Stillman & Birn Alpha, Platinum 3776, Platinum Carbon Black

Stillman & Birn Alpha, Platinum 3776, Platinum Carbon Black

Last week we were supposed to meet on the Plains of Abraham for a group session.  Only three of us showed up because it was raining.  We ended up huddled under the overhang of a building with only a single subject, the realty business across the street. So we drew it.  It was cold and I had a hard time keeping my mind on drawing and I worked fast – too fast.  Sometimes urban sketching isn’t what it’s cracked up to be 🙂

Stillman & Birn Alpha, Platinum 3776

Stillman & Birn Alpha, Platinum 3776

With urban sketching you sometimes win and sometimes lose when it comes to the end product.  When it comes to the fun, however, it’s always more fun than sitting in a studio.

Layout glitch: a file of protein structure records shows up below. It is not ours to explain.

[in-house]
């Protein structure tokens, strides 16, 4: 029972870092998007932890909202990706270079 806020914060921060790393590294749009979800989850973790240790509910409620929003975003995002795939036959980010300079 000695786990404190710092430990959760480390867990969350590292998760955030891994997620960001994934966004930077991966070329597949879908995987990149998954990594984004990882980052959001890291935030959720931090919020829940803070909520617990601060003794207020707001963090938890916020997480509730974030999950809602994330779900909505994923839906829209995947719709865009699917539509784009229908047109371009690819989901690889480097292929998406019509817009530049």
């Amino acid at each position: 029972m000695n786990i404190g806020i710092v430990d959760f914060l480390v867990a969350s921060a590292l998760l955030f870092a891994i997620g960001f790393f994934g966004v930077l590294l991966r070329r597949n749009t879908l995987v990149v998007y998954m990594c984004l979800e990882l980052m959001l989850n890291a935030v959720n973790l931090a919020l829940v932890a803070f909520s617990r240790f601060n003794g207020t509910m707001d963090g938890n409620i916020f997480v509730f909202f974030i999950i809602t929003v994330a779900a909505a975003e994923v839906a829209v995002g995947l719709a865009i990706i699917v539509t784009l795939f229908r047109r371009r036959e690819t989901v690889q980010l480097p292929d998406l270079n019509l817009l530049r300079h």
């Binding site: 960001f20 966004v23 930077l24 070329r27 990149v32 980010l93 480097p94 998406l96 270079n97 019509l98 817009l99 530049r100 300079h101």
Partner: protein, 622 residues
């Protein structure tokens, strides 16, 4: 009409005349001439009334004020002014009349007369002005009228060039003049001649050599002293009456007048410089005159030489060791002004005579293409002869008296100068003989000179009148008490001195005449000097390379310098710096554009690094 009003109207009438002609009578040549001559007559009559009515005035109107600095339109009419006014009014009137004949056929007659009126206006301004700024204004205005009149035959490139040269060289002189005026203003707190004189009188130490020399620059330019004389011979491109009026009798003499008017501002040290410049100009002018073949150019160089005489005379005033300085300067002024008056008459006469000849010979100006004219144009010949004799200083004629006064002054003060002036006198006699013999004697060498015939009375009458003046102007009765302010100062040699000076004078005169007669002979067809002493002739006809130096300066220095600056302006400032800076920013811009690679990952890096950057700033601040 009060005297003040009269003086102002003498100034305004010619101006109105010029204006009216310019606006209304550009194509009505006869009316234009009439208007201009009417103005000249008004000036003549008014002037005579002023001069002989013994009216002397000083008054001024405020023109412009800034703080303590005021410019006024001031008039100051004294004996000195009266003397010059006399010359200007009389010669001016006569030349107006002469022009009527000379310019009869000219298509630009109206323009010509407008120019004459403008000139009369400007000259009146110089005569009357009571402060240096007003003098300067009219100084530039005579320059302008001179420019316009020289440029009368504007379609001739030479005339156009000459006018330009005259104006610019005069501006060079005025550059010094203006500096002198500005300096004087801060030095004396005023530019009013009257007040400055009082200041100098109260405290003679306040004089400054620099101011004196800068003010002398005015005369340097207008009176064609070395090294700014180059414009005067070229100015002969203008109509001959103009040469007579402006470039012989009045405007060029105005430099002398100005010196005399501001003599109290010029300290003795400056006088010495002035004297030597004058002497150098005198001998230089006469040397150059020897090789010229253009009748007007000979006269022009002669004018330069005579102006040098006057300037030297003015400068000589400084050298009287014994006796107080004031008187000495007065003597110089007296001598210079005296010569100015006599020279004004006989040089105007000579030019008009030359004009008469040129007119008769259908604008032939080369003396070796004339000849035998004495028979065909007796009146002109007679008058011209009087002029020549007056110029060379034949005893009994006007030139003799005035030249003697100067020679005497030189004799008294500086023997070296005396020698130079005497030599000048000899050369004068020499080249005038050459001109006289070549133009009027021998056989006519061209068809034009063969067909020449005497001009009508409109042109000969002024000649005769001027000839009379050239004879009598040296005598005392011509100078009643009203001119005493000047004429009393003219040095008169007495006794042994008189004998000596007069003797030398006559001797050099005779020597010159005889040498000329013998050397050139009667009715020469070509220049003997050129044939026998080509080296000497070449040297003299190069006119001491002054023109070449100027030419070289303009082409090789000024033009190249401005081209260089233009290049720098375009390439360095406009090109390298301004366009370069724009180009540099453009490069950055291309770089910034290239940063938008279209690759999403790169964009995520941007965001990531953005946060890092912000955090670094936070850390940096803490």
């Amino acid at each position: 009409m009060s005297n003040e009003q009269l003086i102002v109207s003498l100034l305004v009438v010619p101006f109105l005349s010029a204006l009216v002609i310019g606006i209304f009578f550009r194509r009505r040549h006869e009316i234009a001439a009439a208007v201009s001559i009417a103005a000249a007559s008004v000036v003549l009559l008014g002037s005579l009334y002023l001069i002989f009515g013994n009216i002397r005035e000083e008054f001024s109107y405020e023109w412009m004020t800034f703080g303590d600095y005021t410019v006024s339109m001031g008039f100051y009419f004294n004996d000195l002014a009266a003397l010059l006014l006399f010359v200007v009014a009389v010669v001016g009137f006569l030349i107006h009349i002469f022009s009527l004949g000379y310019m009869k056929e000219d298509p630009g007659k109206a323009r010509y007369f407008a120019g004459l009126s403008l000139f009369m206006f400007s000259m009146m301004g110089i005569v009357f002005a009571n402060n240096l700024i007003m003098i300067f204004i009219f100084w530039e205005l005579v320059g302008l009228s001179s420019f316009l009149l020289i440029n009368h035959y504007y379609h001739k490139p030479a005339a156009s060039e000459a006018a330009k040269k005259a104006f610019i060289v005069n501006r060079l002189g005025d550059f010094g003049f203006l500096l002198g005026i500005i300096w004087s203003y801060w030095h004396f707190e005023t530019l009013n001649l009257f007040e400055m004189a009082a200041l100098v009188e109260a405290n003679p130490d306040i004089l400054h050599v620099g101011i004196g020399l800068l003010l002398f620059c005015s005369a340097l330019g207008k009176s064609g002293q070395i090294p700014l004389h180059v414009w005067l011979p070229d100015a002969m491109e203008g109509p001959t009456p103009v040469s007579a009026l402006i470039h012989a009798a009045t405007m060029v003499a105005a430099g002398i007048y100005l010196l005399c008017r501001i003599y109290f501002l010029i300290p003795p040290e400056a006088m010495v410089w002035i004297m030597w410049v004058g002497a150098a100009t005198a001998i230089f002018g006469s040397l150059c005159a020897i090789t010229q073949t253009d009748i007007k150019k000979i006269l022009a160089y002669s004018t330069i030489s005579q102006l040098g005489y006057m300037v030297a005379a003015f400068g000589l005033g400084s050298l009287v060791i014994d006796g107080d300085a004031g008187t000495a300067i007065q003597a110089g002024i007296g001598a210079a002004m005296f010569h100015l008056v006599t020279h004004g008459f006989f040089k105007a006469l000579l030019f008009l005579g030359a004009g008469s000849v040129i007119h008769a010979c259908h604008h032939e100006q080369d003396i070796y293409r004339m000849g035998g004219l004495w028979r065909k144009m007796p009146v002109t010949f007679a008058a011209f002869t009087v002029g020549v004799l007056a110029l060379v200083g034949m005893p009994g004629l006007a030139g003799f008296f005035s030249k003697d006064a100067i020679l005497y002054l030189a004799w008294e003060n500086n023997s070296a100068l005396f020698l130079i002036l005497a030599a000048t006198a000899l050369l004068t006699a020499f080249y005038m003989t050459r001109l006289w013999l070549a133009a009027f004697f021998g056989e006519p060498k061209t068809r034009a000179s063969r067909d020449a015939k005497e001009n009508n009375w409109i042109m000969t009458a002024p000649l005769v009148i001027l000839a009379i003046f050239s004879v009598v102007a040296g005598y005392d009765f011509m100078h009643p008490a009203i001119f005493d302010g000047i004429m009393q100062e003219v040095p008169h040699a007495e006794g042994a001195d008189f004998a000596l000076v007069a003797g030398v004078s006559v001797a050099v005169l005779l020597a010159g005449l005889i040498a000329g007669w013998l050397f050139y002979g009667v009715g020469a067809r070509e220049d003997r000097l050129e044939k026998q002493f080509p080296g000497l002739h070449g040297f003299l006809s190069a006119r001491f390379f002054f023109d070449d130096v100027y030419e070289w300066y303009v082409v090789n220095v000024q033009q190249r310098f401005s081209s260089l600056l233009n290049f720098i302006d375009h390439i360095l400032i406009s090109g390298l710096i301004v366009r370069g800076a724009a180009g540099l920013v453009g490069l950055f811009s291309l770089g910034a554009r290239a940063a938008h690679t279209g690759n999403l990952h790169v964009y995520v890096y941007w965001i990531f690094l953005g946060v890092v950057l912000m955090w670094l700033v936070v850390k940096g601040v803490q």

Editor’s note:  I’m getting behind in my posting.  I apologize for that and hope to get a bunch of sketches posted in the upcoming week. 

A Sketcher’s Resolutions

Happy New Year, Everyone

Every year, on January 1st, we’re supposed to make resolutions so that we can break them before the end of the month.  I’ve generally taken issue with this nonsense and last year announced that I wouldn’t be making resolutions.  I’m taking a different approach this year.  Here are my resolutions for 2016.

  • I will sketch almost every day, just like I have for the past four years.
  • I will do as much sketching on location as I possibly can, just like I have for the past four years (at least 90% of my sketching is on location).